The development of a website as a resolution to these challenges may be regarded as an innovation, a product innovation. Related to the phases of innovation processes and the involvement of users (Bason, 2010; Torfing et al., 2014; Voorberg et al., 2015) the change of direction of the initial ‘training programme’ is a good example of how participants influence collaborative and innovative processes of co-creating mutual efforts (Iversen & Johannessen, 2020; Willumsen & Ødegård, 2020). Based on this new starting point, the activity of the work package (WP3) moved into a development phase (Torfing et al., 2014), allowing for creative processes to find new ideas or possible solutions regarding design and content for the website. In order to involve most of the participants (project members in the COLAB project), they were all invited to contribute ideas to the website. Experts from one of the University´s IT Department were asked to join in the development of the website, and it was decided to construct a portal consisting of a menu including theoretical presentations, learning sections, podcasts (audio and video) and links to other relevant knowledge sources. The website is under construction and will be tested at the university college responsible for WP3. Later, after adjustments, the plan will be upscaled and fall to the permanent management by the host university of the COLAB project.

Social Innovation Through Collaboration and Co-Creation

Collaboration and co-creation are both central in our understanding of SI (see Fig. 17.1). SI simultaneously meets social needs and creates new social relationships or collaboration. In Fig. 17.1 this is illustrated in several ways. The ‘needs’ should be met, but as we have seen above, it is not a given how ‘needs’ are understood. Furthermore, SI both embeds and creates collaboration. Potentially, co-creation may take place in all relationships, and Hean et al. (2015a) refer to Bason (2010) and highlight four dimensions required for such development.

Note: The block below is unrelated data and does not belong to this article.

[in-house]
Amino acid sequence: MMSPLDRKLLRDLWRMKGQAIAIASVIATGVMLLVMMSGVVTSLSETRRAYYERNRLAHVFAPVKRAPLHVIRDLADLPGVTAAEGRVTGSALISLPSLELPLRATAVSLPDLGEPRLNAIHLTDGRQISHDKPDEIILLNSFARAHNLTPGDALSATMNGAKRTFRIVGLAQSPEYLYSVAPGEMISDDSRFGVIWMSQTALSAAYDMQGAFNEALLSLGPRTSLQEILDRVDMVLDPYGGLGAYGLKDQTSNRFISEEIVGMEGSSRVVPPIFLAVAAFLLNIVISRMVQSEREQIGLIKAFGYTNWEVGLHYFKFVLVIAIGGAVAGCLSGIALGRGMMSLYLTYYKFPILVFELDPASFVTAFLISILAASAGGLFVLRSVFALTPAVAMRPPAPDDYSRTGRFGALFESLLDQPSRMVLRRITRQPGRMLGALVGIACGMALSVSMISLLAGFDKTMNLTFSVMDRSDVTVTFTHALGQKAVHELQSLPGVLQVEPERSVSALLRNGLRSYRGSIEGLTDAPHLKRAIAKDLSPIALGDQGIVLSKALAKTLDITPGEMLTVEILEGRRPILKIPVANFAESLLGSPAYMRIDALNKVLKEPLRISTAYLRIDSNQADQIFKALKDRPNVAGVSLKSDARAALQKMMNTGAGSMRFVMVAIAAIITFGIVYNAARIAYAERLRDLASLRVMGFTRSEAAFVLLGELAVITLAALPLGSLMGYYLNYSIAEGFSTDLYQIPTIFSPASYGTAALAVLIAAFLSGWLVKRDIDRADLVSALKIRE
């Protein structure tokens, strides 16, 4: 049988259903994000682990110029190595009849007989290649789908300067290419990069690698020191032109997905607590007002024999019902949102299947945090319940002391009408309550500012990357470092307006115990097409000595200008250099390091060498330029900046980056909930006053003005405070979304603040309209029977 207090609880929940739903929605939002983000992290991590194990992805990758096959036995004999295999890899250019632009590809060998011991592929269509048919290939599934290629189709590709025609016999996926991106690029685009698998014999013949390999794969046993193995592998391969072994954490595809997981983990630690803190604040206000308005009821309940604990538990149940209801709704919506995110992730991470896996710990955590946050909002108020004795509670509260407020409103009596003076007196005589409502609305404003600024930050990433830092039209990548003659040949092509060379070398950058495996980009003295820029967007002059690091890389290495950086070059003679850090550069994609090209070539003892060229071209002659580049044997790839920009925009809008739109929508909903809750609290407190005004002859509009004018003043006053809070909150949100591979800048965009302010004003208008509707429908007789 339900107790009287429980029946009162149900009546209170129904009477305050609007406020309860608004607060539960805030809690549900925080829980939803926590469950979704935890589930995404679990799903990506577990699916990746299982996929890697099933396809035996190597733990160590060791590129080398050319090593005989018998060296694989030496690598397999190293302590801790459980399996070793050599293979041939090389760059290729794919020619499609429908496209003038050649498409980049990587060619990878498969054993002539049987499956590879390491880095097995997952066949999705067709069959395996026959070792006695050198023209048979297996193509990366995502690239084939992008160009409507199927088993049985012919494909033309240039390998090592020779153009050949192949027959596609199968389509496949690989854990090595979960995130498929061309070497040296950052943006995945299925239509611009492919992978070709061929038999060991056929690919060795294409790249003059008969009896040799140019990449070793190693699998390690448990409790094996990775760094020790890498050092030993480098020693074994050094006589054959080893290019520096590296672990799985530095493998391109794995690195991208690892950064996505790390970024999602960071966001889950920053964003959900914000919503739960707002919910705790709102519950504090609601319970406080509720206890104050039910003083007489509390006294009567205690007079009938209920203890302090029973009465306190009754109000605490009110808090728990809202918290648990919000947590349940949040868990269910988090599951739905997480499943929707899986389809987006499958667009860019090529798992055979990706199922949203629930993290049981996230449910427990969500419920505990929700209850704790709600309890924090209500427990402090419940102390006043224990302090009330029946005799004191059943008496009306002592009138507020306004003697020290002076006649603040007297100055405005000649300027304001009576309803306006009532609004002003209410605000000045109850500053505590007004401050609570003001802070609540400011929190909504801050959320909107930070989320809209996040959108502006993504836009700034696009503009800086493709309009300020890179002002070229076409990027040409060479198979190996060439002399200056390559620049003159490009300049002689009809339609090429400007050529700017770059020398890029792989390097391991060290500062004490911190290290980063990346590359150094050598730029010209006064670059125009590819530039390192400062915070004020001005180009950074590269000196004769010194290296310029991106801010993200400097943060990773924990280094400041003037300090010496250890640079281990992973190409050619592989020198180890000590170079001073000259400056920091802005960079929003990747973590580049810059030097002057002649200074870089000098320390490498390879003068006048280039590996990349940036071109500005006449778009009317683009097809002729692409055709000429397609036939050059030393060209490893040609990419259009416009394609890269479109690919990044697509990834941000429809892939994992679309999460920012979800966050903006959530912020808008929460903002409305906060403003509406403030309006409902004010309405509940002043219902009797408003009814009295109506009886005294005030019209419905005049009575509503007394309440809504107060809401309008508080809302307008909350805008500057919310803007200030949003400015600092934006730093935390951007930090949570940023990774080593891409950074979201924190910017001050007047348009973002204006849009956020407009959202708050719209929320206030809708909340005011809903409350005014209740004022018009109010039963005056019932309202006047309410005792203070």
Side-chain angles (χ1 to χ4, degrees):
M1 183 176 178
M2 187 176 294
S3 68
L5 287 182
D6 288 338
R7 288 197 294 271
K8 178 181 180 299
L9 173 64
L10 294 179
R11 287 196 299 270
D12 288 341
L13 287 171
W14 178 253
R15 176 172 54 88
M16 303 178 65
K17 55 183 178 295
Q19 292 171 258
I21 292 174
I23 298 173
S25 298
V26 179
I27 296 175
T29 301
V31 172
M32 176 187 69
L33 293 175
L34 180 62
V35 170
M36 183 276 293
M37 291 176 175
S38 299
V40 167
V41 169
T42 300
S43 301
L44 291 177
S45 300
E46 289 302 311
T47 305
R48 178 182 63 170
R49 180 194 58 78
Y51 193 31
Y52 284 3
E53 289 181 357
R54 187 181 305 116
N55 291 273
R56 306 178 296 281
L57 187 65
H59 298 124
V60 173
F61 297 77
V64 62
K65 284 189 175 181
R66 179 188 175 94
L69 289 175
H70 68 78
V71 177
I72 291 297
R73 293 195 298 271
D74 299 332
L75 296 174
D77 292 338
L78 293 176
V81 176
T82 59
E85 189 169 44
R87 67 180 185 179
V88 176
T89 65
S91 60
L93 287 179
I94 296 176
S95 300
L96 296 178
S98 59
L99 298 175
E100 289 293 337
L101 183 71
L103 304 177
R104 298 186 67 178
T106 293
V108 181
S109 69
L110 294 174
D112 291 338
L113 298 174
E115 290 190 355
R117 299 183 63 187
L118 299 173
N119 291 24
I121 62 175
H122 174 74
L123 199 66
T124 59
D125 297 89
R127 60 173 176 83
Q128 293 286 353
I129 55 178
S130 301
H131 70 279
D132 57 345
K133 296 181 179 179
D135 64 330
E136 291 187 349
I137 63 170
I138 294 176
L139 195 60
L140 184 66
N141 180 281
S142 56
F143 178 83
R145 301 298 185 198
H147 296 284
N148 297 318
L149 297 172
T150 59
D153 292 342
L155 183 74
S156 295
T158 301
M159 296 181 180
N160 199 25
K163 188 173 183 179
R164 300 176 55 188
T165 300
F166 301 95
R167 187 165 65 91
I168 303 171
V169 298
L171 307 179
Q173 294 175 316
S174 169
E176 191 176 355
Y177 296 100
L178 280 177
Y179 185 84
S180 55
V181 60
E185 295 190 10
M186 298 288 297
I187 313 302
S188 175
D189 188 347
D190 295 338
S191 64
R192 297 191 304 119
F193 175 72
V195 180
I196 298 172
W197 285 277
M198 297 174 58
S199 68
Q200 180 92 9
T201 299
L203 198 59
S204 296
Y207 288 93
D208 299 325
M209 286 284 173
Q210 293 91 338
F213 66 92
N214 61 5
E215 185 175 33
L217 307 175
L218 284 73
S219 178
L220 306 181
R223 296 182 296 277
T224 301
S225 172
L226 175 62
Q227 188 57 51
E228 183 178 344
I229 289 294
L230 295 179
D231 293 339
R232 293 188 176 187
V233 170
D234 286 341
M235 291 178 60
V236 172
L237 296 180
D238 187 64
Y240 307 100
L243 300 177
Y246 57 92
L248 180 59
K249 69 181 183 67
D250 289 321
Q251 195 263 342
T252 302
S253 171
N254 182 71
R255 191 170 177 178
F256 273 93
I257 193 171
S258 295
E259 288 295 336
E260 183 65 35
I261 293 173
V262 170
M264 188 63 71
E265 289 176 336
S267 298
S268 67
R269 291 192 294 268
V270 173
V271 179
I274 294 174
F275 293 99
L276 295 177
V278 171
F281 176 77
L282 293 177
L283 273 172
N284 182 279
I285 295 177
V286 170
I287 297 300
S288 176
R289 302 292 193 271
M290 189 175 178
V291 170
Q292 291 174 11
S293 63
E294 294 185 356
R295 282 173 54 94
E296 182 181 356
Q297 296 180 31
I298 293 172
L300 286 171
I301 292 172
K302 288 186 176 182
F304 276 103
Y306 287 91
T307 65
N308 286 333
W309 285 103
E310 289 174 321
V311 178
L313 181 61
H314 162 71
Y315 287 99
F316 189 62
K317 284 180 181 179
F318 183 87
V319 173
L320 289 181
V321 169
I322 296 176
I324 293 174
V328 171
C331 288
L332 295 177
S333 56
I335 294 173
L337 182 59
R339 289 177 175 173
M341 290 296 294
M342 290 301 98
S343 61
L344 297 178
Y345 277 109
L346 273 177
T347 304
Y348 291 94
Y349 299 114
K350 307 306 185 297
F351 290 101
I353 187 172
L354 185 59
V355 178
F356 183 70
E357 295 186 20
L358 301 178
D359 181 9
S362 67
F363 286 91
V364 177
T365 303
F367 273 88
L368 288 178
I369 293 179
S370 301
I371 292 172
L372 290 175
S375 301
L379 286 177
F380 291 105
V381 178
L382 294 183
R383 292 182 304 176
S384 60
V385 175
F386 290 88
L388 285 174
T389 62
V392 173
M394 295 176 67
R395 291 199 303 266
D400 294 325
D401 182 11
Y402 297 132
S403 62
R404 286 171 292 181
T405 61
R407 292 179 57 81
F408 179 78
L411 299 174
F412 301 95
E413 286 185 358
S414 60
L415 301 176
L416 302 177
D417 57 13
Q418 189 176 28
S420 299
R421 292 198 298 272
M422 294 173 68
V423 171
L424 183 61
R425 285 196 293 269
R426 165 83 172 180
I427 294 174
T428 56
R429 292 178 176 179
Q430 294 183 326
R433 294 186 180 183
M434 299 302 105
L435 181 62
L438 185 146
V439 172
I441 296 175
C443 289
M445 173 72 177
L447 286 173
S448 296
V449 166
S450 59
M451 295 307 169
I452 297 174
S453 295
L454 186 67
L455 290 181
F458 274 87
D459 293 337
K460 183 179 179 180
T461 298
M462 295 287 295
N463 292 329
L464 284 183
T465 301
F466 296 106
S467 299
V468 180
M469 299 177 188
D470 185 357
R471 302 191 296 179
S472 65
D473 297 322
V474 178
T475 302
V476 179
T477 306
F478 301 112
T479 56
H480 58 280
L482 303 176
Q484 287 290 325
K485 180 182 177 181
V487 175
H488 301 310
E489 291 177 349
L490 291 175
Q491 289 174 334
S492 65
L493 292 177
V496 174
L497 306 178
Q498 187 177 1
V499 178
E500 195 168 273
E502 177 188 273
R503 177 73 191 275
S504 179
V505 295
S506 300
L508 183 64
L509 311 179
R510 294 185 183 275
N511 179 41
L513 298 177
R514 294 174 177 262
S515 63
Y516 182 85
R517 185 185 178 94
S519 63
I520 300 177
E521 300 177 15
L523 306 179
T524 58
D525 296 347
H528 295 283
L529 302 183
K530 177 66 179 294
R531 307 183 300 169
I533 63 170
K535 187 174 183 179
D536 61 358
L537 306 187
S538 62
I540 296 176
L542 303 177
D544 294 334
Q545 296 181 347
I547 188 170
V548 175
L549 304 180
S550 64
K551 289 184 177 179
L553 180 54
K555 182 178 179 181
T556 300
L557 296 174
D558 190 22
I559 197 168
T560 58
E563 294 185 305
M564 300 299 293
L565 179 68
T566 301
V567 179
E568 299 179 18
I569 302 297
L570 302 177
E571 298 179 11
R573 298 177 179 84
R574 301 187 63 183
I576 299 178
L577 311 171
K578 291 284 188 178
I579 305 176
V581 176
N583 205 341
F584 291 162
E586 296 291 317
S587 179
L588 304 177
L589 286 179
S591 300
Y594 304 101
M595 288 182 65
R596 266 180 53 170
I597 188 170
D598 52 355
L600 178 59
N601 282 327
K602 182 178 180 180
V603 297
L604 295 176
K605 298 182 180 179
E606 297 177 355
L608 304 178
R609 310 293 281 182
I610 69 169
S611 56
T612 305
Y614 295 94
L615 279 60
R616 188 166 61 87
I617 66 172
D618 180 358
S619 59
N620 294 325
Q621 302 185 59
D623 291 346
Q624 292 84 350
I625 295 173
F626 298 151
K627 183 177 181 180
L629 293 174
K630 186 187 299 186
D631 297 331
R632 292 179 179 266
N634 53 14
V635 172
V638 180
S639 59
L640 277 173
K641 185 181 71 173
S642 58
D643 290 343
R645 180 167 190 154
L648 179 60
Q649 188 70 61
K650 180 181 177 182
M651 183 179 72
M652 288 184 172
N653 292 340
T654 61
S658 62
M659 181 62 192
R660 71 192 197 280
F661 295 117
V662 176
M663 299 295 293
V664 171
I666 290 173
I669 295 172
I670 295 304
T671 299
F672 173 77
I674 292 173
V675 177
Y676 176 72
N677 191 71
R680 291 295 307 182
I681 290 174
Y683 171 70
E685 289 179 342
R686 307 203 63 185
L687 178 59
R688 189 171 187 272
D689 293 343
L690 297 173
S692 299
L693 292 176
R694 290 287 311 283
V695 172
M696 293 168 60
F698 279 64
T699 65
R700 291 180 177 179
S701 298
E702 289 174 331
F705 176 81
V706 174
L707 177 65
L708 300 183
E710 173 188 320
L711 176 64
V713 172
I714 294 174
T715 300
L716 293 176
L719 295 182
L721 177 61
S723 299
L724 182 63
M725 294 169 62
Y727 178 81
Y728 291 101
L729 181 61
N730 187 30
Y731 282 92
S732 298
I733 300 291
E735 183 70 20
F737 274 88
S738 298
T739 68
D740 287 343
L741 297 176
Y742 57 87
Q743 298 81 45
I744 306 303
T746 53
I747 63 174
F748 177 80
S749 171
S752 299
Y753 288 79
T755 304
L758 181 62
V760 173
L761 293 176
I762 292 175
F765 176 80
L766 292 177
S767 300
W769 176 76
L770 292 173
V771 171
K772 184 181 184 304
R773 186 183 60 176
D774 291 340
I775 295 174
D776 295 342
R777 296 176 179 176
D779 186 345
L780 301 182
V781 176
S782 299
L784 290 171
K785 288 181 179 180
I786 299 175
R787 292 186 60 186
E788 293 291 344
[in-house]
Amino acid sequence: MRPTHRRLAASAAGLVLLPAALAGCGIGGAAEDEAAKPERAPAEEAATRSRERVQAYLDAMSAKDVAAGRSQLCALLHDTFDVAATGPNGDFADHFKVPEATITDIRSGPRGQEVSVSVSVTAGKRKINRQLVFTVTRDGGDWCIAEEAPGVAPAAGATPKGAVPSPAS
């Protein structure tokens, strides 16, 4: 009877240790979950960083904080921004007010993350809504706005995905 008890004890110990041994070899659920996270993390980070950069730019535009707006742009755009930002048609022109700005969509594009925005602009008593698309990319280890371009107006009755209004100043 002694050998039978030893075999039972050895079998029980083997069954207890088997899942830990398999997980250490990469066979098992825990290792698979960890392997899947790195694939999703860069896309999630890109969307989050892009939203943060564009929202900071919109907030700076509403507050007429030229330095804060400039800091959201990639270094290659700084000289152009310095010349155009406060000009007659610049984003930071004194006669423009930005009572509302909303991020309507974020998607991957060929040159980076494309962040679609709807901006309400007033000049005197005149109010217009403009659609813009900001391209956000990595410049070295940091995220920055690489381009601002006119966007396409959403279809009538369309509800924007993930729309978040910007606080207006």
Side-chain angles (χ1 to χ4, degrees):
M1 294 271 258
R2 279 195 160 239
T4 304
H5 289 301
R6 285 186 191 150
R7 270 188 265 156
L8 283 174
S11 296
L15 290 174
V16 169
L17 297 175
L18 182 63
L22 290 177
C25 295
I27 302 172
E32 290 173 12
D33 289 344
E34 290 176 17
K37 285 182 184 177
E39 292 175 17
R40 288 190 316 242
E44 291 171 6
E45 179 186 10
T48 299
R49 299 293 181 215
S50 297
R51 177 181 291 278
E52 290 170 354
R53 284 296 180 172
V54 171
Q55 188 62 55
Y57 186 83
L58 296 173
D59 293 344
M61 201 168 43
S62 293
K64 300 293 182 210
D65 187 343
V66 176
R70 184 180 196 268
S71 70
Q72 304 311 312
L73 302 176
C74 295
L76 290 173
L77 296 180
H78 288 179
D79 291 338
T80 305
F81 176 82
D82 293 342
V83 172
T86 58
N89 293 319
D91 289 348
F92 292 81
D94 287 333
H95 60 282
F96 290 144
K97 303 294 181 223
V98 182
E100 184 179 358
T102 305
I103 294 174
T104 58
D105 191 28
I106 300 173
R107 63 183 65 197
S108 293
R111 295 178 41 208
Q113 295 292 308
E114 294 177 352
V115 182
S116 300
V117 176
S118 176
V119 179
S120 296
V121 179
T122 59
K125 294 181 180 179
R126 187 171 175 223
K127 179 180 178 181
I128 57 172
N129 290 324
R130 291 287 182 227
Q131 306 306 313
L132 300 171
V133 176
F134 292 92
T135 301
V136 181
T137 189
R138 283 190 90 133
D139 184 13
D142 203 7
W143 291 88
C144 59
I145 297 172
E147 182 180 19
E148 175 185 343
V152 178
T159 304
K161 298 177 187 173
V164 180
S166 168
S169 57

As illustrated by the episodes above, there is a need for different practice organisations, working with ex offenders, to inform each other, both as organisations and as professionals, about their various roles and responsibilities. This can be done in face-to-face courses, but there are other options as well. For example, as suggested by a frontline professional in Episode 3, an informative webpage could very well facilitate information exchange. Such creation however, raises many questions: Will each network configuration be different from organisation to organisation? If so, how do we help organisations map and connect with their social networks? How is the need for innovation or proactivity in the workforce encouraged through a webpage? And will a webpage actually provide useful knowledge for frontline professionals?


It is suggested that the proposal for the training programme in the COLAB project somewhat overlooked the lack of capacity in some of the systems. Both Episode 2 and 3 demonstrate that it is more or less impossible for frontline professionals to engage in traditional training programmes—such as two two-day workshops. The reason is the serious lack of time practitioners in a clinical context have where there are calls for immediate action to help offenders receive basic services in the transition from prison back into society. There is no time for training, in the formal sense at least. It is possible that ‘learning’ rather than ‘training’ should have been the focus described in the original proposal. Learning at the individual and organisational levels is happening all the time. Still, as illustrated above in the Episodes 2 and 3, there is reason to argue that the development of a formal training programme and formal formative interventions is not the way forward because of lack of capacity. If this is the case, in what way can learning be supported? How do we achieve maximum learning with minimum resources as a prerequisite for a training programme?